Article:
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Longman Dictionary of Contemporary English
▪ Use a diffuser - the greatest frizz-beating invention ever - to dry your hair gently and evenly.
▪ Many of our great inventions first appeared as toys -- fireworks; the steam engine; the gyroscope; laser weapons.
▪ This was the greatest automotive invention of all time.
▪ It is hard for us to imagine what a great invention this was.
▪ Hailed as a great technological invention it immediately became the subject of debates concerning its aesthetic status and social uses.
▪ In 1895 he proposed to Congress that the Patent Office be closed because all the great inventions had already been discovered.
▪ Geoffrey Spasmo was dead, and the secret of his great invention had died with him.
▪ The same principle is at work in the other great invention in this play, Lady Macbeth's sleepwalking.
▪ Our distinction between the private and the public is a relatively modern invention.
▪ It is not a modern invention.
▪ An electric iron was a modern invention when the house was built.
▪ The written signature is a modern invention.
▪ The dust penetrates all man's modern inventions, so strong, so carefully sealed.
▪ However, like all modern inventions, for all their advantages they must be effectively controlled.
▪ Use was made of modern inventions, including fingerprinting, photography, automobiles and telephones.
▪ If other firms can quickly imitate the new invention, competition will rapidly compete away the profits on this new product.
▪ He patented the telephone in February 1876 and exhibited his new invention at the Centennial Exposition in Philadelphia that same year.
▪ This attitude was also responsible for a new horological invention that was ultimately to be of far-reaching social significance.
▪ It went from being a new invention to a regular household item with remarkable speed.
▪ Creator, the Earth is hypnotized even as we speak, with the latest new inventions.
▪ Their futures may depend on a new invention, patent, or on government approval of a drug, for example.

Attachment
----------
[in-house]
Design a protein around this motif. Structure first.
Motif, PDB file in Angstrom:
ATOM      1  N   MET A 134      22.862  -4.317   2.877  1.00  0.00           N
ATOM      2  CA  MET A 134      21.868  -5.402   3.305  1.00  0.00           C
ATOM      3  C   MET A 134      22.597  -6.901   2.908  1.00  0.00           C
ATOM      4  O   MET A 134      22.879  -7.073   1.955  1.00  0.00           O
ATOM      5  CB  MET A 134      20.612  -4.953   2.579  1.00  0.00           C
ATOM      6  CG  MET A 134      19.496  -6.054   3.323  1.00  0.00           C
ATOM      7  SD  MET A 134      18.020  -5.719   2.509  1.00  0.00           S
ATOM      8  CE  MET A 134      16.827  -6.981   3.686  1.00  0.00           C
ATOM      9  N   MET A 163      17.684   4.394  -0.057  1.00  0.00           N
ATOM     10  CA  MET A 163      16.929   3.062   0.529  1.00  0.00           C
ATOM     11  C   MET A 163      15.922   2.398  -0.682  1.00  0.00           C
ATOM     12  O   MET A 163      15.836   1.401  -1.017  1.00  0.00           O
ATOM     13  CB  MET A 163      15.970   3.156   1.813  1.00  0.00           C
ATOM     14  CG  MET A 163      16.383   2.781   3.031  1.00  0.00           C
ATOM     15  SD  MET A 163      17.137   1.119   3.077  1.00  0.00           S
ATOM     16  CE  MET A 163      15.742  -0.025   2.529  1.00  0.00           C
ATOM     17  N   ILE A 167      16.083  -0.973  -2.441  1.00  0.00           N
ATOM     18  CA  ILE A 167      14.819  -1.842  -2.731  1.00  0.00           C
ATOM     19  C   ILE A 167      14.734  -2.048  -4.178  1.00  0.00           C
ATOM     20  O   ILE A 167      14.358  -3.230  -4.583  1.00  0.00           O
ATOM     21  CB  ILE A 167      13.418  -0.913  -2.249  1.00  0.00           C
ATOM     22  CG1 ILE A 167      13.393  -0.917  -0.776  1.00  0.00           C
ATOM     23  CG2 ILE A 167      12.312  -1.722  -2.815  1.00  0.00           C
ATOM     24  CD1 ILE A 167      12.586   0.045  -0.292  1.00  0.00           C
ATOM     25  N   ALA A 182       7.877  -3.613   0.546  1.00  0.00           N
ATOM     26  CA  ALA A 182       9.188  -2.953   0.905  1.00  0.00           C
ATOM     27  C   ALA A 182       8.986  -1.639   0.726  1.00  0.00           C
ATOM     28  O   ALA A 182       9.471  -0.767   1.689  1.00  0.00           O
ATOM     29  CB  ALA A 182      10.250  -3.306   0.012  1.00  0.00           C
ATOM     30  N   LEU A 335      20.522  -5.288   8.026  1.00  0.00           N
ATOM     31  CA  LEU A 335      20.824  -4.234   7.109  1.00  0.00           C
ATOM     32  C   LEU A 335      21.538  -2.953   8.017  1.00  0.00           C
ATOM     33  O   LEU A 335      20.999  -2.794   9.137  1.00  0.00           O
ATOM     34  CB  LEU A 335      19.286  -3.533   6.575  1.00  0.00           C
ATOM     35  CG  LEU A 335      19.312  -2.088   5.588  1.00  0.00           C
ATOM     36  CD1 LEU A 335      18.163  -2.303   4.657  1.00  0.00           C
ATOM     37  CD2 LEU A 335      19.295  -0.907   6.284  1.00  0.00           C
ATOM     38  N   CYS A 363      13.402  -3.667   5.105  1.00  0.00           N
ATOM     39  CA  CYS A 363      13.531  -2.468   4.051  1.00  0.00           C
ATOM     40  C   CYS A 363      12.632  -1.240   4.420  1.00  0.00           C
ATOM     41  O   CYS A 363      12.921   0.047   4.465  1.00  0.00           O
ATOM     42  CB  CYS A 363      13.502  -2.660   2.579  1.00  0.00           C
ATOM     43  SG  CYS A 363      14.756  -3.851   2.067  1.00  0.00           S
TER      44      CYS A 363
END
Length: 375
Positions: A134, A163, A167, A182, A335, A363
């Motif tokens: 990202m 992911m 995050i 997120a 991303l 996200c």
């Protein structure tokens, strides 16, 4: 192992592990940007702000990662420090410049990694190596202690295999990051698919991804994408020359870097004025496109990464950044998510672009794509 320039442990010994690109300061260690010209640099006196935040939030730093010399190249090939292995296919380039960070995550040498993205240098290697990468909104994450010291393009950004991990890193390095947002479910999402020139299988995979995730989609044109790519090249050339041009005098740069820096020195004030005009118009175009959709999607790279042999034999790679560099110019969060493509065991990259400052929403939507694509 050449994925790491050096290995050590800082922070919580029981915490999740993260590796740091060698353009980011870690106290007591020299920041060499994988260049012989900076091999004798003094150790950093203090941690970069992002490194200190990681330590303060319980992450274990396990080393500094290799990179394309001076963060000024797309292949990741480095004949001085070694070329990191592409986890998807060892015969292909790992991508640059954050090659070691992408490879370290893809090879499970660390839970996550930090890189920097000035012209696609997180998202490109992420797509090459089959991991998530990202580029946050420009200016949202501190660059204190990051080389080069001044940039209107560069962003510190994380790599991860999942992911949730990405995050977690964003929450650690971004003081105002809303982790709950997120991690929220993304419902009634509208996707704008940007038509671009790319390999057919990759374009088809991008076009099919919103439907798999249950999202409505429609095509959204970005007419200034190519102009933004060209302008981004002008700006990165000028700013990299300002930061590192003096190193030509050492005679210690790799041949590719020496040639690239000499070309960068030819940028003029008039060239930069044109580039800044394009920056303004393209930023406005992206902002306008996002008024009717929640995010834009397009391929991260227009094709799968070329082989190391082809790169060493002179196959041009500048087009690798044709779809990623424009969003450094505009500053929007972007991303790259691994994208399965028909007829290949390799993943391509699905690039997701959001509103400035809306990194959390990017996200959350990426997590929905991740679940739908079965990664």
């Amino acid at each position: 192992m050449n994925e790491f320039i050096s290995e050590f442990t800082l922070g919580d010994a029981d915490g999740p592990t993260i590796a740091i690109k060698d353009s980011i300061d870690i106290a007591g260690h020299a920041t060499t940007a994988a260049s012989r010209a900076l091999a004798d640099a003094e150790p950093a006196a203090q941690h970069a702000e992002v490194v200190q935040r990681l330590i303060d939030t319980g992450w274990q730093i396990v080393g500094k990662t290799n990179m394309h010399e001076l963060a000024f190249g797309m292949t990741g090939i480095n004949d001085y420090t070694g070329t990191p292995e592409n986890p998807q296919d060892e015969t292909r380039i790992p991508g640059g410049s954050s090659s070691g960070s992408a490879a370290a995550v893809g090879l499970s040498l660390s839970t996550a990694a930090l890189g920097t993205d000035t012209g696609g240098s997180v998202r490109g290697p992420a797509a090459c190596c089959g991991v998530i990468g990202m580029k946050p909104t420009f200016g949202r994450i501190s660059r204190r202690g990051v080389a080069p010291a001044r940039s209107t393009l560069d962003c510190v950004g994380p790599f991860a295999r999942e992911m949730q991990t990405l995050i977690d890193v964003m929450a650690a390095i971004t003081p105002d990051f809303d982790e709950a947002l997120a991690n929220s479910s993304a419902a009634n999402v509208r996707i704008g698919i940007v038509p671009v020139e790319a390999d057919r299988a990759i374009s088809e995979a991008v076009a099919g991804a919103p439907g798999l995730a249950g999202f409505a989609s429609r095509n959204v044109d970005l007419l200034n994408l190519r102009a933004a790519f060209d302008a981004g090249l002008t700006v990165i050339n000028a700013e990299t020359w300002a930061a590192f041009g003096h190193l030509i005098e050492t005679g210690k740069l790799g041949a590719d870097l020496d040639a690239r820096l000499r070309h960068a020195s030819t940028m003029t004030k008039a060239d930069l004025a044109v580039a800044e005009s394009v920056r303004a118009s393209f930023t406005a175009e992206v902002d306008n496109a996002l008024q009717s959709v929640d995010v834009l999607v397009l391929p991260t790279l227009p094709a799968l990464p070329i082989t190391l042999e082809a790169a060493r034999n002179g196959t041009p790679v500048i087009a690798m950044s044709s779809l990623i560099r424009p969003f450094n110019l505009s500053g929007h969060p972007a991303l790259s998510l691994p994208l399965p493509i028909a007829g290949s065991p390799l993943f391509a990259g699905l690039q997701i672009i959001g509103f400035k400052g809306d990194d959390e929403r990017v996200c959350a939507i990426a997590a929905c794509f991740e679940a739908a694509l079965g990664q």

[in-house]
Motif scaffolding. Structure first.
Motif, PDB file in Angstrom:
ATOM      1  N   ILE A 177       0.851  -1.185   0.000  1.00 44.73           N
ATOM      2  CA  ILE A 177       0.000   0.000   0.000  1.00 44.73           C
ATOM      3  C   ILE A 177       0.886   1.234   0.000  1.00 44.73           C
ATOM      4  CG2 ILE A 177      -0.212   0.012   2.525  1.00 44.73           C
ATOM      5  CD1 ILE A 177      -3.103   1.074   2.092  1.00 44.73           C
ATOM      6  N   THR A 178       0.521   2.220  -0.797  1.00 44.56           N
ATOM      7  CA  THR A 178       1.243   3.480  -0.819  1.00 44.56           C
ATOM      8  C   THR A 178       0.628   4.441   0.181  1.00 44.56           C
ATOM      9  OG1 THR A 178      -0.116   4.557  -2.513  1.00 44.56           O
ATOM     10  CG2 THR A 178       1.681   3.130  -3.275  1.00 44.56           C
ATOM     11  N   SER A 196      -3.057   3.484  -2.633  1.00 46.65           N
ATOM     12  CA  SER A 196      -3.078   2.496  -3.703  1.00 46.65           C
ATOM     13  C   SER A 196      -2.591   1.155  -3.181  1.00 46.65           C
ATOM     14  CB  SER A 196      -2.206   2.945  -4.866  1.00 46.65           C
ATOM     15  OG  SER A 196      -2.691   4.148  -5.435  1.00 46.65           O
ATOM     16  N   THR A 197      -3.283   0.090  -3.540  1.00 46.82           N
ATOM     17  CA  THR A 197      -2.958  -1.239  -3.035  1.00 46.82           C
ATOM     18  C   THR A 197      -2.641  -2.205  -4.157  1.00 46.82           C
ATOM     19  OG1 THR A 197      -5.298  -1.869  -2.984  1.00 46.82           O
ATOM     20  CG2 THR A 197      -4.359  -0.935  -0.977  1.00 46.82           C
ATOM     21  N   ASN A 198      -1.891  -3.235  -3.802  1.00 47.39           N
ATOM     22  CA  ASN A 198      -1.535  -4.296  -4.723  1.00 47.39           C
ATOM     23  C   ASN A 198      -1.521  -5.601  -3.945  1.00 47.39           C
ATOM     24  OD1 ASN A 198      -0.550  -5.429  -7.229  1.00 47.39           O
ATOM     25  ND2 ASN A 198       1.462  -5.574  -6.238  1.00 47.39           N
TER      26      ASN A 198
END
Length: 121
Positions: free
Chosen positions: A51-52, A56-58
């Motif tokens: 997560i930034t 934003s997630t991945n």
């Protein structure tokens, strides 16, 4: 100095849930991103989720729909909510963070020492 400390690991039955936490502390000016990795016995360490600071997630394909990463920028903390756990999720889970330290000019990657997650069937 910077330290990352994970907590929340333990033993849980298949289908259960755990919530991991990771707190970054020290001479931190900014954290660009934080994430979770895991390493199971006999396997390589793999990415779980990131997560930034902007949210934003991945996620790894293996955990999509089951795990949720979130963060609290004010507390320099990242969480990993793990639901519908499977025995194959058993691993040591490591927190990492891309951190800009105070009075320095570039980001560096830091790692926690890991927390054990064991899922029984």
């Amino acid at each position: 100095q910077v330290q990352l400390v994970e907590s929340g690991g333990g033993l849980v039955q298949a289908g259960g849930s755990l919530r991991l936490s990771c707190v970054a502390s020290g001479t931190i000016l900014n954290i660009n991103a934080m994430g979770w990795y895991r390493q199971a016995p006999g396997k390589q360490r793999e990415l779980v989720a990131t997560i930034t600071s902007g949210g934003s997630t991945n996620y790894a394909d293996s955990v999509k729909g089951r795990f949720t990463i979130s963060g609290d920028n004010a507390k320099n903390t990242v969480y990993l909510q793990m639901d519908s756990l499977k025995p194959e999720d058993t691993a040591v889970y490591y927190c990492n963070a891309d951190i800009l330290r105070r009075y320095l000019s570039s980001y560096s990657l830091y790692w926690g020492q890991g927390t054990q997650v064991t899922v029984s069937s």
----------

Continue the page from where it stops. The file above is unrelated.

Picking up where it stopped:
▪ On page 5 you will see details of a new invention competition being run by Power Farming and Farmers Weekly.
New discoveries and their applications, new inventions, arrived regularly, each bearing the promise of the infinite, controllable future.
▪ In 1986, the employer signed the main contract to supply redesigned equipment based on the patented invention.
▪ However, the evidential task becomes more difficult if the employer opts to make and refine the patented invention himself.
▪ The easiest way to earn money from a patented invention is to license some one else to use it, and collect royalties.
▪ Notably, the quality threshold is tied to the employer's existing exploitation of the patented invention.
▪ Thus, neither is a recent invention.
▪ The immune system is a fairly recent invention in geological terms.
▪ Moreover, we also know that what modern nations identify as their national culture is a quite recent invention.
necessity is the mother of invention
▪ Accounts of Koritz's involvement in the crime are pure invention.
▪ Let's apply America's special genius for invention to our schools.
▪ More than any other single invention, writing has transformed human consciousness.
▪ the invention of the wheel
▪ The Hydro-Ram is an invention which makes it easier for firemen to get people out of crashed cars.
▪ The wedge is an important early mechanical invention.
The Collaborative International Dictionary

Invention \In*ven"tion\, n. [L. inventio: cf. F. invention. See Invent.]

  1. The act of finding out or inventing; contrivance or construction of that which has not before existed; as, the invention of logarithms; the invention of the art of printing.

    As the search of it [truth] is the duty, so the invention will be the happiness of man.

  2. That which is invented; an original contrivance or construction; a device; as, this fable was the invention of Esop; that falsehood was her own invention; she patented five inventions.

    We entered by the drawbridge, which has an invention to let one fall if not premonished.

  3. Thought; idea.

  4. A fabrication to deceive; a fiction; a forgery; a falsehood.

    Filling their hearers With strange invention.

  5. The faculty of inventing; imaginative faculty; skill or ingenuity in contriving anything new; as, a man of invention.

    They lay no less than a want of invention to his charge; a capital crime, . . . for a poet is a maker.

  6. (Fine Arts, Rhet., etc.) The exercise of the imagination in selecting and treating a theme, or more commonly in contriving the arrangement of a piece, or the method of presenting its parts.

    Invention of the cross (Eccl.), a festival celebrated May 3d, in honor of the finding of our Savior's cross by St. Helena.

Douglas Harper's Etymology Dictionary

c.1400, "devised method of organization," from Old French invencion (13c.) and directly from Latin inventionem (nominative inventio) "faculty of invention; a finding, discovery," noun of action from past participle stem of invenire "devise, discover, find," from in- "in, on" (see in- (2)) + venire "to come" (see venue).\n

\nMeaning "finding or discovering of something" is early 15c. in English; sense of "thing invented" is first recorded 1510s. Etymological sense preserved in Invention of the Cross, Church festival (May 3) celebrating the reputed finding of the Cross of the Crucifixion by Helena, mother of Constantine, in 326 C.E.


n. Something invented.

  1. n. the creation of something in the mind [syn: innovation, excogitation, conception, design]